Women of the ELCA will celebrate a milestone in June—30 years of ministry, Linda Post Bushkofsky, executive director of the organization, told synodical women’s organization presidents gathering in Chicago Feb. 16-19.
“It will have been 30 years since women gathered in Milwaukee, Wisconsin, to create our organization,” she said, giving 15 reasons she loves Women of the ELCA and 15 hopes she has for the organization.
After providing a bit of 1987 nostalgia—gas cost 89 cents, stamps were 24 cents, average monthly rent was $395, and a Ford Escort was $6,895—she offered encouragement for the future.
Of 64 synods, 63 presidents or their representatives were in Chicago for an annual Conference of Presidents’ meeting. Six representatives from Women of the ELCA’s executive board also attended.
Participants attended workshops on leadership, stewardship and writing memorials. They heard from ELCA Presiding Bishop Elizabeth Eaton. They learned how to hold conversations about a proposed ELCA social statement on women and justice. They participated in a Café event. And they made labyrinths for the Tenth Triennial Gathering.
Presidents gave $7,490 in offerings that were split three ways: Katie’s fund ($1,800); Beacon Interfaith Housing Collaborative ($1,800); and Women of the ELCA’s General Fund ($3,770). They also collected $4,540 in gift cards and cash that will go to Beacon, an interfaith collaborative of congregations ending homelessness through housing, shelter and advocacy based in Saint Paul, Minn.
Of Women of the ELCA, Bushkofsky said, “Like many of you, I’ve been involved in [the organization] since the beginning. And, for the last 15 years, I’ve had the privilege of serving as the executive director. I’ve built up a whole lot of love for this organization, and in the spirit of our impending anniversary, I thought I’d share a bit of that love with you.”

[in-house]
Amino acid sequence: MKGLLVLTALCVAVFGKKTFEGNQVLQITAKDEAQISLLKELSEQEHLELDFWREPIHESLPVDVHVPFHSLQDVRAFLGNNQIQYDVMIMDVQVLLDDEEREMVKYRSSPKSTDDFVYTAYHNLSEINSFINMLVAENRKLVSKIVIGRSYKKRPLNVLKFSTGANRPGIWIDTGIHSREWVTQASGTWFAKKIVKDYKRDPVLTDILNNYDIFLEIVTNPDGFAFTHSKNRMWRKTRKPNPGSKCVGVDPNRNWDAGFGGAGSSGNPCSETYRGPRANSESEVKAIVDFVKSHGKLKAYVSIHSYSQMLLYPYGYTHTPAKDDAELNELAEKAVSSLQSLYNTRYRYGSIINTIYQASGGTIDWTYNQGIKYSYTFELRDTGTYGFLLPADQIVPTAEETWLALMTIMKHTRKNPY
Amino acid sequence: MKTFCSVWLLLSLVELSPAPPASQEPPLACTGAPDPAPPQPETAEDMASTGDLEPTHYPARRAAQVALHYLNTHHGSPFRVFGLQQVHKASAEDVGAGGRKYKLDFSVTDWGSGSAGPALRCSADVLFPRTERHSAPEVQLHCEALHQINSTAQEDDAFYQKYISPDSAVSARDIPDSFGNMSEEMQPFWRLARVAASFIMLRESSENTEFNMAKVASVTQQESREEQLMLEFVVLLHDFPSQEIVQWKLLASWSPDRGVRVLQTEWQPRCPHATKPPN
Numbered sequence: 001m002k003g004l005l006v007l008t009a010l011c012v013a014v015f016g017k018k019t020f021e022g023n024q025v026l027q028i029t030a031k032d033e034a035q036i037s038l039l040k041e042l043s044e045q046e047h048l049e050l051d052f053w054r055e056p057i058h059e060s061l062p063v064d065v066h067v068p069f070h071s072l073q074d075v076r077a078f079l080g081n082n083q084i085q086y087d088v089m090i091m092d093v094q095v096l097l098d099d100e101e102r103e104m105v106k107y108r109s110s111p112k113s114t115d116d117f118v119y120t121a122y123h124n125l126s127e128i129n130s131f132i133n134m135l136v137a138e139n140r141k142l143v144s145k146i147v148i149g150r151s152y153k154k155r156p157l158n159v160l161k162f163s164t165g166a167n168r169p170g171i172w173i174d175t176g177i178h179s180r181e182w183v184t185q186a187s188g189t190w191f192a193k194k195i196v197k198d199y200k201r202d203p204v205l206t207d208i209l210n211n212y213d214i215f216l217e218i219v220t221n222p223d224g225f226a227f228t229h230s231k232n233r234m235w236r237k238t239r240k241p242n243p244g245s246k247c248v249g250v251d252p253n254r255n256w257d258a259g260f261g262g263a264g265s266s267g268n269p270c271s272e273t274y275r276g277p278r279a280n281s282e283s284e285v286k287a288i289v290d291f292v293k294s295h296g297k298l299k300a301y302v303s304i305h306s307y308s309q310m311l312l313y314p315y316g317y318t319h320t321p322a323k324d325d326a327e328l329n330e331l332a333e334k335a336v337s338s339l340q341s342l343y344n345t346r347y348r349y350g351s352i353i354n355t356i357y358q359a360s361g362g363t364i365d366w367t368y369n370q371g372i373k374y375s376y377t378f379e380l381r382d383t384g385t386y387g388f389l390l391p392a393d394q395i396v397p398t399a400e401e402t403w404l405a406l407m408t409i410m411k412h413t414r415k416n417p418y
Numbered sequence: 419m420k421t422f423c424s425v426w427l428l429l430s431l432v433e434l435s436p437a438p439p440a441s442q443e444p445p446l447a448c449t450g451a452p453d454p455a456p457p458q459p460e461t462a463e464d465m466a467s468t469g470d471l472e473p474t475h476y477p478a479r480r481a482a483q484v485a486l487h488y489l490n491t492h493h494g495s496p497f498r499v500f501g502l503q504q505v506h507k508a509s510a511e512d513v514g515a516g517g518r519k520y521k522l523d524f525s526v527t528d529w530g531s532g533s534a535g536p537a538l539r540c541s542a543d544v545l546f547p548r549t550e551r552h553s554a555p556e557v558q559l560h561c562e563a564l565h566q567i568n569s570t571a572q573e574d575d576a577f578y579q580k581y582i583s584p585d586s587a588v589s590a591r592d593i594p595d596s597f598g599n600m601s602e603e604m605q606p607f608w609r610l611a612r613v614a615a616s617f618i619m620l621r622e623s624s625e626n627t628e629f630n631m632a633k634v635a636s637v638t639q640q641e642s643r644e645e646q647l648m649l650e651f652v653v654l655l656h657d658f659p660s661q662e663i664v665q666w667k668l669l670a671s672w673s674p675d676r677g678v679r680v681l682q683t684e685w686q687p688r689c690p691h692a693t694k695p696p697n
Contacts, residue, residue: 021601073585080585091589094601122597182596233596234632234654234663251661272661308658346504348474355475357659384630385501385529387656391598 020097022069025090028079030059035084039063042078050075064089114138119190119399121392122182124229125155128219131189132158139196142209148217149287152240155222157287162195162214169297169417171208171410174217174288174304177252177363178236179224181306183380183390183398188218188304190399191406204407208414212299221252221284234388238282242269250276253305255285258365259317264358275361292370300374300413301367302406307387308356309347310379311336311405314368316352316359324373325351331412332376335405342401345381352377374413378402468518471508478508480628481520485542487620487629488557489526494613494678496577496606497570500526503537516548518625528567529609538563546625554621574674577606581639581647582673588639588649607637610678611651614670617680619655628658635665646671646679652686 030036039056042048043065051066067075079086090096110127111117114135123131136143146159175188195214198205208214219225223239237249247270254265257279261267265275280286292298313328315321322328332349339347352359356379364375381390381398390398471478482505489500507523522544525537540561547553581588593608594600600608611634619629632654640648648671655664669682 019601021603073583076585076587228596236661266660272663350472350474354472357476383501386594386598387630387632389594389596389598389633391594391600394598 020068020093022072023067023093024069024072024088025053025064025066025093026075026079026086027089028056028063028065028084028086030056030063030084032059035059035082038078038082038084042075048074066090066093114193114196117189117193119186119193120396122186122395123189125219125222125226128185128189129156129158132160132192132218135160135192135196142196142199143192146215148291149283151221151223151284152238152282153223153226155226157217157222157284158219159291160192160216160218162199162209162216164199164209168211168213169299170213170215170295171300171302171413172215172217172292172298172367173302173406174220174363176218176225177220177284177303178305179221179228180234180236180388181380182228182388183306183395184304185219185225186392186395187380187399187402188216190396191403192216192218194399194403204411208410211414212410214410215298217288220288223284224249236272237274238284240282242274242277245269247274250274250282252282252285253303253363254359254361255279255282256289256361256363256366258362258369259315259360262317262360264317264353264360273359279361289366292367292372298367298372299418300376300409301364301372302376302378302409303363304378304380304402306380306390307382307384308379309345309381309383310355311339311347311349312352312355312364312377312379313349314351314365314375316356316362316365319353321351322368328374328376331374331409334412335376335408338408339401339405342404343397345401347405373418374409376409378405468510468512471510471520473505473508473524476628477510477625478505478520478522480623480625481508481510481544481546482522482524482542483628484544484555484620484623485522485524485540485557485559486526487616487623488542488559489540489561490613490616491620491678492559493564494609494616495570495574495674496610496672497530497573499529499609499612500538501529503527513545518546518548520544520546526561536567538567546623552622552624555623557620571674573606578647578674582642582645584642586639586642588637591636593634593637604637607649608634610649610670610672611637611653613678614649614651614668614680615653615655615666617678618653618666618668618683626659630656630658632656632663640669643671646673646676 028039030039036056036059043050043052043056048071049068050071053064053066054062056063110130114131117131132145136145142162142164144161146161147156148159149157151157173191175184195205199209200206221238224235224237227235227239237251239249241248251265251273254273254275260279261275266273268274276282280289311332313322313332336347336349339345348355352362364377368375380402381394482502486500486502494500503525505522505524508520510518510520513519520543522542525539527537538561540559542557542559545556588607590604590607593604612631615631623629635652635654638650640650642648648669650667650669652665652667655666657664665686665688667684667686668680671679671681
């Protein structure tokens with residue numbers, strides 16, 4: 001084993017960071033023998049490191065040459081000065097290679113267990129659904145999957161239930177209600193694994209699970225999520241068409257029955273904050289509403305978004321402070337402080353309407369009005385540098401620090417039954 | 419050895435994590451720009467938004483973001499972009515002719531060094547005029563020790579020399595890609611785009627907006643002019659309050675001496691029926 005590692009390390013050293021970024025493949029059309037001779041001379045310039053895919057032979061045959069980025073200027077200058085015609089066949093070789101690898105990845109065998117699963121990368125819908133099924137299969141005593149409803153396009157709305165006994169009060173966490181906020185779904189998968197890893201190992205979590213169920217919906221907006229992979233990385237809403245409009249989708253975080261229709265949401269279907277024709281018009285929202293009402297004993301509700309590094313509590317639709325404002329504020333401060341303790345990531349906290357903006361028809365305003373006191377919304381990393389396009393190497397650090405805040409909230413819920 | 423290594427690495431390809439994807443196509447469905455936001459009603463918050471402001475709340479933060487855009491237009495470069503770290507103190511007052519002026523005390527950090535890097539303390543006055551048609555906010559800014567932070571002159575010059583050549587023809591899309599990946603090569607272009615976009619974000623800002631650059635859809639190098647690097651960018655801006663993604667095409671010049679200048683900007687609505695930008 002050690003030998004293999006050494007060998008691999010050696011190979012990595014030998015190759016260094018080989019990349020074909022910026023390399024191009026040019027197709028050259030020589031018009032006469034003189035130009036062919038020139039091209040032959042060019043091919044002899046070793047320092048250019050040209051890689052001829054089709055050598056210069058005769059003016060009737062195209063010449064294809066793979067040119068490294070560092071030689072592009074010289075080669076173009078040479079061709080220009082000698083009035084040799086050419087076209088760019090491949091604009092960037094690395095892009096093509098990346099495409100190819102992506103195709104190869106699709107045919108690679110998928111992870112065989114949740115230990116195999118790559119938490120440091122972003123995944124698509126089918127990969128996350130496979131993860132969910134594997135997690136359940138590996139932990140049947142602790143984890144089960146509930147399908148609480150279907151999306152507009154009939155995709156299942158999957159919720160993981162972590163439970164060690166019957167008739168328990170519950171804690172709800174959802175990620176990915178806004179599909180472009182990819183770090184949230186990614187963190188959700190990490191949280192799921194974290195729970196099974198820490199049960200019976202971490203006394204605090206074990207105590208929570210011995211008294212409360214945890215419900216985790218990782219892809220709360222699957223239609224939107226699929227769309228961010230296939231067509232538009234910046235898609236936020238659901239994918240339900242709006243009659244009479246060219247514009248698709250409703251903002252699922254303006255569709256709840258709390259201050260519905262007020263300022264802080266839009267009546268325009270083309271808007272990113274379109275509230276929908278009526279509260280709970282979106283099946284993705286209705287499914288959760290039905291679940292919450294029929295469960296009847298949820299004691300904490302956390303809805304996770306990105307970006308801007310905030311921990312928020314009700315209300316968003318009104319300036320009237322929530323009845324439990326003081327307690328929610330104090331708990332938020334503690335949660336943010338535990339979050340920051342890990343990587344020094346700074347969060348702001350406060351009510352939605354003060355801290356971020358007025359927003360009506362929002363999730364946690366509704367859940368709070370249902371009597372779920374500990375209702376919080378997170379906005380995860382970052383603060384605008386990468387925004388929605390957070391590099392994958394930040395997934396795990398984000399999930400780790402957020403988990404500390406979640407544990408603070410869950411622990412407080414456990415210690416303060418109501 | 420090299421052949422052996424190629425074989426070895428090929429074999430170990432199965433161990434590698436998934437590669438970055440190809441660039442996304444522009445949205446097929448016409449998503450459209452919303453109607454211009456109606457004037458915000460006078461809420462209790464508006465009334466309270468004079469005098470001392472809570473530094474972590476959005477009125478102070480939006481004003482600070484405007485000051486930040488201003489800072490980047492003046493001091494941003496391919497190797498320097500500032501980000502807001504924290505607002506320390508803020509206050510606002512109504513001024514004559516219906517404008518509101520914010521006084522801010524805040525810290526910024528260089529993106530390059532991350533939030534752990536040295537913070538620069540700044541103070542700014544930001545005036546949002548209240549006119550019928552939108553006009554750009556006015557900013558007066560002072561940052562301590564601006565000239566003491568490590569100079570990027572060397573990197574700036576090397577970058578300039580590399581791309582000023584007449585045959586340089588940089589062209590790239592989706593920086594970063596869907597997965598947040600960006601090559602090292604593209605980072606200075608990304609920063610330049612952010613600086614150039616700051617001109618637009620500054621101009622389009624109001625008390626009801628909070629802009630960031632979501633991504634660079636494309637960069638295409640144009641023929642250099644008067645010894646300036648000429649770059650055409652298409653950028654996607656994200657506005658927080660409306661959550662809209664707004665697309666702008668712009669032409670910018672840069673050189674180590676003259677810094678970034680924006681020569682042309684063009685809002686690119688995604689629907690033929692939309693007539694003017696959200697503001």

Bushkofsky said, in no particular order, what she loves about Women of the ELCA is that:
1. You can sit down with a participant in Women of the ELCA anywhere—at a synodical convention, in a congregation, at the airport—and immediately strike up a meaningful conversation that describes your faith.
2. Those who wrote and then adopted our constitutional documents created a flexible governance structure.
3. Together we have accomplished much more than we could have ever imagined as individuals.
4. Women of all ages study and serve side-by-side, from teens to octogenarians, and then beyond octogenarians.
5. Our participants engage in Bible study and are among the most biblically literate members of the ELCA. “And that’s extraordinary,” she said. “We have women who have gathered monthly for decades to study the Word and apply it to their lives.”
6. Our women are not afraid to dream big and have tackled huge projects, locally, synodically and internationally.
7. Service is synonymous with our name, and people across the world and close at home are helped through the service of our women.
8. We have led the church with several initiatives. “Three in particular being our focus on those living in poverty, our racial justice work and for the last 12 years, our work to end human trafficking. We have led the church in all those things. Sometimes we show the church how to do it.”
9. Our foremothers helped to make women’s ordination a reality. “And we’ve continued to support and work side-by-side with women on the roster,” she said.
10. Participants generously support our ministries and rise to the occasion when a special call for financial support goes out for our financial need.
11. We’ve embraced Katharina von Bora Luther, made her a role model and created an endowment in her name that exceeds a million dollars at this point. “Who knows what’s going to happen on the other side,” Bushkofsky said, “but if we get a chance to talk to Katie I can’t wait!
12. We know how to throw a great weekend party filled with worship, study, fellowship, service and inspiration. “And I’m thinking about our triennial gatherings, the next one coming up this July.”